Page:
Dennis Sun

RESEARCH

The Homeotic/Hox family of genes helps determine the identity of segments and associated appendages along the anterior-posterior (AP) axis in diverse animal species. Changes to the timing and location of Hox gene expression can create remarkable changes in an animal’s body plan. I plan to explore how the Hox genes have evolved across the diverse body plans of crustaceans. Our lab has previously investigated the function of Hoxgenes in the amphipod crustacean Parhyale hawaiensis. Using CRISPR-Cas9 mutagenesis targeting the Parhyale Hox genes, we identified homeotic transformations that reveal the role of each gene in patterning the Parhyale body plan. By examining the expression patterns and functions of Hox genes in other crustaceans, one can investigate how new body plans can evolve. For example, in decapod and isopod crustaceans, the Hoxgene abd-A is expressed in a different set of segments than in Parhyale; this change in expression correlates with a change in the body plan. In my time in the Patel Lab, I will knock out the Hox genes of the decapod crustacean Neocaridina davidi, also known as the “cherry shrimp”, and the isopod crustacean Asellus aquaticus, in order to evaluate the role of Hox genes in body plan organization in each species. Moreover, I will employ modern genetic and genomic approaches to study the regulation of Hox gene expression in Parhyale. This work will help reveal how the Hox genes have changed over time to produce new body plans.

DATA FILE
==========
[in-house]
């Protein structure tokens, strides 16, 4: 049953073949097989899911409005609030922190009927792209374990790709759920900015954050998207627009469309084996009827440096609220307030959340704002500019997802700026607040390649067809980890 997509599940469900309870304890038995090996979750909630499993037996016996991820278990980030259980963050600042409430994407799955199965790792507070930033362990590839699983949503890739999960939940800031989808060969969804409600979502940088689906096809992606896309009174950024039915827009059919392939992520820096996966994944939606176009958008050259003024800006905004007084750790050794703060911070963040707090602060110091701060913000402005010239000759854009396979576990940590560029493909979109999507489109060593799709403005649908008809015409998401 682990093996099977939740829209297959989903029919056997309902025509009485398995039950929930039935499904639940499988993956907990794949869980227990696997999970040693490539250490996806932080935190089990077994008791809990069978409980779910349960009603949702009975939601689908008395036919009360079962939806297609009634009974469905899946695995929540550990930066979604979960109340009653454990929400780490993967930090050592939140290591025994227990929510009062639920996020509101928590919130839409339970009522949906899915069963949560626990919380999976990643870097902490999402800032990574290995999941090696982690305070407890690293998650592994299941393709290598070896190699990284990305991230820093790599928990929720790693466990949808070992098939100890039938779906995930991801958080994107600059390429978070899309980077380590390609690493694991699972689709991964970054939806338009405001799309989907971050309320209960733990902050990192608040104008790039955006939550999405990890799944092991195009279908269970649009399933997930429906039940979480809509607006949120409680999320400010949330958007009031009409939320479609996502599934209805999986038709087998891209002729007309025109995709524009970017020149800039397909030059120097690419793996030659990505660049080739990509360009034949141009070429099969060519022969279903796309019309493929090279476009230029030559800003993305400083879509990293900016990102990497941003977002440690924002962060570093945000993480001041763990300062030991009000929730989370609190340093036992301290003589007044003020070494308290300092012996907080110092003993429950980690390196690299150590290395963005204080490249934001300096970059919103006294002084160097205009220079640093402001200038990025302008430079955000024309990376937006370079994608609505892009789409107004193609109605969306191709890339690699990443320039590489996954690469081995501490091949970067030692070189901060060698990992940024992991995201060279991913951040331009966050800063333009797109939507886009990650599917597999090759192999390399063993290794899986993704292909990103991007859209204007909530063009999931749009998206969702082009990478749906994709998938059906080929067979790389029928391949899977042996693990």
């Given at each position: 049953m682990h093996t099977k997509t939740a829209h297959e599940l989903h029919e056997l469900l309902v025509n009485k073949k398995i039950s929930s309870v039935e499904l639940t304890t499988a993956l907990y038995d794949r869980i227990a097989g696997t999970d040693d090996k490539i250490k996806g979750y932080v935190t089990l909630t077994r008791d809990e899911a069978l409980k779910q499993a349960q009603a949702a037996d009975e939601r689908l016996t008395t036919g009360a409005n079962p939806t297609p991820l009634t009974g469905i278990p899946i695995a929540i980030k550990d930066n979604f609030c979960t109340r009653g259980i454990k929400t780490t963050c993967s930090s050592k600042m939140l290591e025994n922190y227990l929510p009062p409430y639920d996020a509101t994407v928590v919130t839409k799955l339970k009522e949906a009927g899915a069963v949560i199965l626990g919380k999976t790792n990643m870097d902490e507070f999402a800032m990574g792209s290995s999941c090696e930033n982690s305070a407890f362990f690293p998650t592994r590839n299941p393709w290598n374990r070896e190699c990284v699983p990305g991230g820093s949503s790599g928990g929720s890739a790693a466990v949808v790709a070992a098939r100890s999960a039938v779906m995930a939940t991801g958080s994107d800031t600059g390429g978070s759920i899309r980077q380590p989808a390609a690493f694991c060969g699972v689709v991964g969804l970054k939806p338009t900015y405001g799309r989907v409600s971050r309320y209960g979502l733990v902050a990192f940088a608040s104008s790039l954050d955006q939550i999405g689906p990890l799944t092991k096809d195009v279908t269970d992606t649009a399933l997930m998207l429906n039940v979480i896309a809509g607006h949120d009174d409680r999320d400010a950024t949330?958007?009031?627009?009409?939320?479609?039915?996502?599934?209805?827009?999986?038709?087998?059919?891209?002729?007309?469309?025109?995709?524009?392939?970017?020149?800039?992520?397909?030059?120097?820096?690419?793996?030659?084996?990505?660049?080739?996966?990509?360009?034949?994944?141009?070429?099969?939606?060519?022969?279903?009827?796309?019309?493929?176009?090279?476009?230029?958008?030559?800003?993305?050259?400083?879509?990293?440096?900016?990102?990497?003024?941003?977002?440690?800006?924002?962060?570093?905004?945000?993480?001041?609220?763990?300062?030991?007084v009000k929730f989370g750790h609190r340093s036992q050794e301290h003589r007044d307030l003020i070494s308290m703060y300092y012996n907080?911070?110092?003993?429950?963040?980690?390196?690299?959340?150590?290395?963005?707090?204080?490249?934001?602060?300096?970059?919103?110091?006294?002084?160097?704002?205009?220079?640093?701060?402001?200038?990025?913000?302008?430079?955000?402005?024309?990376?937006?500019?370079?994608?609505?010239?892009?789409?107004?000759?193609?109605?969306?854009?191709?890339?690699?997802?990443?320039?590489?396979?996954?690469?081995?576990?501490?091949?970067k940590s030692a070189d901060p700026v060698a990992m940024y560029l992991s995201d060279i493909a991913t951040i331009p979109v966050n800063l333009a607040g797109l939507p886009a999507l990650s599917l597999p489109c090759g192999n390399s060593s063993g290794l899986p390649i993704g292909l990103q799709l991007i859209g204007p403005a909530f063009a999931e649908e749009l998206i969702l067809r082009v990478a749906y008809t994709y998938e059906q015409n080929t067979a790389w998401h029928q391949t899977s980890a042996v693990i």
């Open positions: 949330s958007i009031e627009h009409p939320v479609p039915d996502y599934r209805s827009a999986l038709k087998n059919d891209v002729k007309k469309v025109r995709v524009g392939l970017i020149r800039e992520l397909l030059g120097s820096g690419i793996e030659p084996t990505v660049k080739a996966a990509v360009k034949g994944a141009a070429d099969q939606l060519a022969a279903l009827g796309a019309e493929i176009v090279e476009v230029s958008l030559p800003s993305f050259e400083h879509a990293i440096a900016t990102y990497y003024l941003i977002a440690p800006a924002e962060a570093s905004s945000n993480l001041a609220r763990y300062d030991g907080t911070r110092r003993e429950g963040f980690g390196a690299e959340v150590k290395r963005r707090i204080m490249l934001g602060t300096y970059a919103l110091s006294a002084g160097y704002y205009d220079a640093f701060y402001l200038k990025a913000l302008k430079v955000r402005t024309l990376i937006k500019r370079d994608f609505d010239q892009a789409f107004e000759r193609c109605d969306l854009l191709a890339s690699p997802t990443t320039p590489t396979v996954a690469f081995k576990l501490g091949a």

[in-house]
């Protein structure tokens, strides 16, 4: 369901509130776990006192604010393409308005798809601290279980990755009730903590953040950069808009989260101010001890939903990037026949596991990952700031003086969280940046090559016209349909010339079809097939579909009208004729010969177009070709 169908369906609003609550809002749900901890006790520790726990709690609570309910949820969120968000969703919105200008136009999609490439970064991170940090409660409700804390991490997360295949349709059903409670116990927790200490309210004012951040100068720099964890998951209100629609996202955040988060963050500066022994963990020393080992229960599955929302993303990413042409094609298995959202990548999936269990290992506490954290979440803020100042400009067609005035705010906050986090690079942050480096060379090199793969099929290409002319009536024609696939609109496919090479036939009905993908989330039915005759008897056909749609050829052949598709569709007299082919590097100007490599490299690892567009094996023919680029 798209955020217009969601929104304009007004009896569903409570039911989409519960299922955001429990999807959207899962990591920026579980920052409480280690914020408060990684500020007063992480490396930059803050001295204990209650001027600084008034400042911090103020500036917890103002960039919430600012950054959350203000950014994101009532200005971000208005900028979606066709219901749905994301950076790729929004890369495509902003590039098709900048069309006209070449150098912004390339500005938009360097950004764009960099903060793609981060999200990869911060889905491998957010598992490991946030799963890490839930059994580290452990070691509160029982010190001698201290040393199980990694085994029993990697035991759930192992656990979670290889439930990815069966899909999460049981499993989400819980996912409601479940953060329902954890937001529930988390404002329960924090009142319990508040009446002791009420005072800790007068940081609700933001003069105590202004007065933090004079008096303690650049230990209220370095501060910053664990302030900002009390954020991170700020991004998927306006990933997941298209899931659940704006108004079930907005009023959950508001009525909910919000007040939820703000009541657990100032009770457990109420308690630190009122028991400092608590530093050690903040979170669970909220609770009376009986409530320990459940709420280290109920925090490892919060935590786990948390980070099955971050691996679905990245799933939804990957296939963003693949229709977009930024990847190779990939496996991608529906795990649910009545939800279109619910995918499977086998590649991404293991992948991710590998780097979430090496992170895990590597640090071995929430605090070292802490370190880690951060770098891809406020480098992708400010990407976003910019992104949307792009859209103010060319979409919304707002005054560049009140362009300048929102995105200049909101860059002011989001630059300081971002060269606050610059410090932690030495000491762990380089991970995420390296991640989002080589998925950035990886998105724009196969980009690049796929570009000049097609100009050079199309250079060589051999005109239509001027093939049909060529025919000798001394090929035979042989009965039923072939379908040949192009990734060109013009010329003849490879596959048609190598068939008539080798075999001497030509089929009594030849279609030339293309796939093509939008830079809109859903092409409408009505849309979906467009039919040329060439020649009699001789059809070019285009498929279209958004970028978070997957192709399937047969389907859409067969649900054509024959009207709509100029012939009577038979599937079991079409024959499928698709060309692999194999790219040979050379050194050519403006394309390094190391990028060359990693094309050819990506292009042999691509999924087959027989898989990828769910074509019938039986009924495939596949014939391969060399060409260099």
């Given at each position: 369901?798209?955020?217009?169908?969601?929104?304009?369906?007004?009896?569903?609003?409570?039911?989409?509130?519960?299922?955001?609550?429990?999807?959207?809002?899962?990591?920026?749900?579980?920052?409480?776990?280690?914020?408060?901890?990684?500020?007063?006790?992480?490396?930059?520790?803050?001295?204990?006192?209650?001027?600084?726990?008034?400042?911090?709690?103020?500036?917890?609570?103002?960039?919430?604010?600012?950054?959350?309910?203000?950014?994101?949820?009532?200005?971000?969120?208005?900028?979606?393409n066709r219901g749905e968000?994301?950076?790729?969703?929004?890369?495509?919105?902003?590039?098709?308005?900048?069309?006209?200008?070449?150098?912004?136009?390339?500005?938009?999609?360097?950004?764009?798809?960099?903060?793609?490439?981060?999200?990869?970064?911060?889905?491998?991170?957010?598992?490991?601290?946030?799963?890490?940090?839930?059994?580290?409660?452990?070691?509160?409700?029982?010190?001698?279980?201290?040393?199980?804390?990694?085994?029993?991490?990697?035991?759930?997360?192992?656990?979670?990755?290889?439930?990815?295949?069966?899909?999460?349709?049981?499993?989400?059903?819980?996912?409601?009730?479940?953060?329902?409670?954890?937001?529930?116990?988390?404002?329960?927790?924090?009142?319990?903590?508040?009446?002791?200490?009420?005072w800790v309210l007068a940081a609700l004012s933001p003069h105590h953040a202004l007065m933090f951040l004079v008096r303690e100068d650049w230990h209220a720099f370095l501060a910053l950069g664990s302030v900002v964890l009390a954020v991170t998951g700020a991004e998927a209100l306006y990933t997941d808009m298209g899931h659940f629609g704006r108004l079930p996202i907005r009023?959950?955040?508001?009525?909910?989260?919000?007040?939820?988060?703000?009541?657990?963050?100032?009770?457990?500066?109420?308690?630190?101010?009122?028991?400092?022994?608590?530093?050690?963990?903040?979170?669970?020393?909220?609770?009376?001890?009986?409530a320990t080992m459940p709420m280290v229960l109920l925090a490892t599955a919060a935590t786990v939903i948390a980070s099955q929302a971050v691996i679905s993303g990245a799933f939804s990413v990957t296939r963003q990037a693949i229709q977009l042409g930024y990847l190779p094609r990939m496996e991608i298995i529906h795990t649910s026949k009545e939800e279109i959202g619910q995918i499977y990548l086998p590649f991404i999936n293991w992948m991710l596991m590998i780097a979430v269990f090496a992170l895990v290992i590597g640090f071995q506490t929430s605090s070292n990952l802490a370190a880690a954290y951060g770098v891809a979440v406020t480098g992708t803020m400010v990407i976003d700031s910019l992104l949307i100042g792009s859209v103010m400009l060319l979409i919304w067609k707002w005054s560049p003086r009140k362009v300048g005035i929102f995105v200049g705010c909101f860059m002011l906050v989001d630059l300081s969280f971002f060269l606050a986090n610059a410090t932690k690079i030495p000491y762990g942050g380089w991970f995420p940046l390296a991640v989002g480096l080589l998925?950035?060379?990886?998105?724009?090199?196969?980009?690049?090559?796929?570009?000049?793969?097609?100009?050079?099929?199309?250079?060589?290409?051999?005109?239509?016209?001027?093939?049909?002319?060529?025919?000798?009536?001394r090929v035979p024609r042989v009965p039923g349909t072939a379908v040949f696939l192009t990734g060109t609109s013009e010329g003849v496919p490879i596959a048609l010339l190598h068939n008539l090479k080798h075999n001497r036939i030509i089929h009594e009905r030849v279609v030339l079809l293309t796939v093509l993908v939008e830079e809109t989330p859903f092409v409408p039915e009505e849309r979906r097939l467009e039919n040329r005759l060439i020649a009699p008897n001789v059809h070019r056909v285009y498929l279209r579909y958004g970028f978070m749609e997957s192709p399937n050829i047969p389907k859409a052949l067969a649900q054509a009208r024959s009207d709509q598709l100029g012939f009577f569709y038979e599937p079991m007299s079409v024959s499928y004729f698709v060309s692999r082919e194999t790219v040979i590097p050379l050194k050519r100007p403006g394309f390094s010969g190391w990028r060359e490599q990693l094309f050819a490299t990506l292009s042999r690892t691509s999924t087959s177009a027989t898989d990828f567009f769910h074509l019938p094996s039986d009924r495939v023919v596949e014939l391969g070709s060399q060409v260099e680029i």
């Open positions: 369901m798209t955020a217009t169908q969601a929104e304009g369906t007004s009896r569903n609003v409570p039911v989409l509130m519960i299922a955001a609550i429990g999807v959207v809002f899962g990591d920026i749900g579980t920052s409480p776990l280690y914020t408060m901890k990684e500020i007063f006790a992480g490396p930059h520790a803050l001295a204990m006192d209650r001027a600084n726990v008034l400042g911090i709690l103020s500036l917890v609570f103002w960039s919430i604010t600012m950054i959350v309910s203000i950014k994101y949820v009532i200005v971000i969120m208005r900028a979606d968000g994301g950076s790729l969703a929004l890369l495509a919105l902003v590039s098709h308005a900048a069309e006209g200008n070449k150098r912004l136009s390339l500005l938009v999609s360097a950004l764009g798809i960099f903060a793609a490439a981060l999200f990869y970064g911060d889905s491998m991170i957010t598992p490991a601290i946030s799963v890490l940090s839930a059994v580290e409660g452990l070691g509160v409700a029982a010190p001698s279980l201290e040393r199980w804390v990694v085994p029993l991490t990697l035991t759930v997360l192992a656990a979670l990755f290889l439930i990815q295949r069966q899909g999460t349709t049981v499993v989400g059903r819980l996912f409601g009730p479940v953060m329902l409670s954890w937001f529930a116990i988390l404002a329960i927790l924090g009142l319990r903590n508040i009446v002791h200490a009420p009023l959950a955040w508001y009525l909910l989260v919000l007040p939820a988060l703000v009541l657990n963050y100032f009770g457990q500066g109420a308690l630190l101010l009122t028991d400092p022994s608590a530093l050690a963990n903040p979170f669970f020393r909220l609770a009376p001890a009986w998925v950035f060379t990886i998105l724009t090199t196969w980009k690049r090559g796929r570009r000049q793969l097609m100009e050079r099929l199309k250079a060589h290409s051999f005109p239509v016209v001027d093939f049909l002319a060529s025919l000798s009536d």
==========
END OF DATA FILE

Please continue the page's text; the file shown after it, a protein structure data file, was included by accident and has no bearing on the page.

PERSONAL

I was born in Rochester, MN and raised in San Diego, CA. I completed my A.B. in Human Developmental and Regenerative Biology at Harvard College, where I also minored in English and Japanese. During my studies, I worked at Life Technologies (Carlsbad, CA), the Center for iPS Cell Research and Application (CiRA; Kyoto University, Japan), and did my senior thesis work in Paola Arlotta’s lab (Harvard) on the interface of regeneration and cancer in the axolotl brain.

In general, I am interested in understanding how diverse biological functions and forms evolve from across clades. In particular, I am interested in the evolution of cis-regulation. To address these questions, I use techniques from genetics, developmental biology, bioinformatics, and functional genomics.

In my free time, I enjoy fitness, literature, video games, cooking, baking, and alcohol.

 

No Comments Yet.

Add New Comment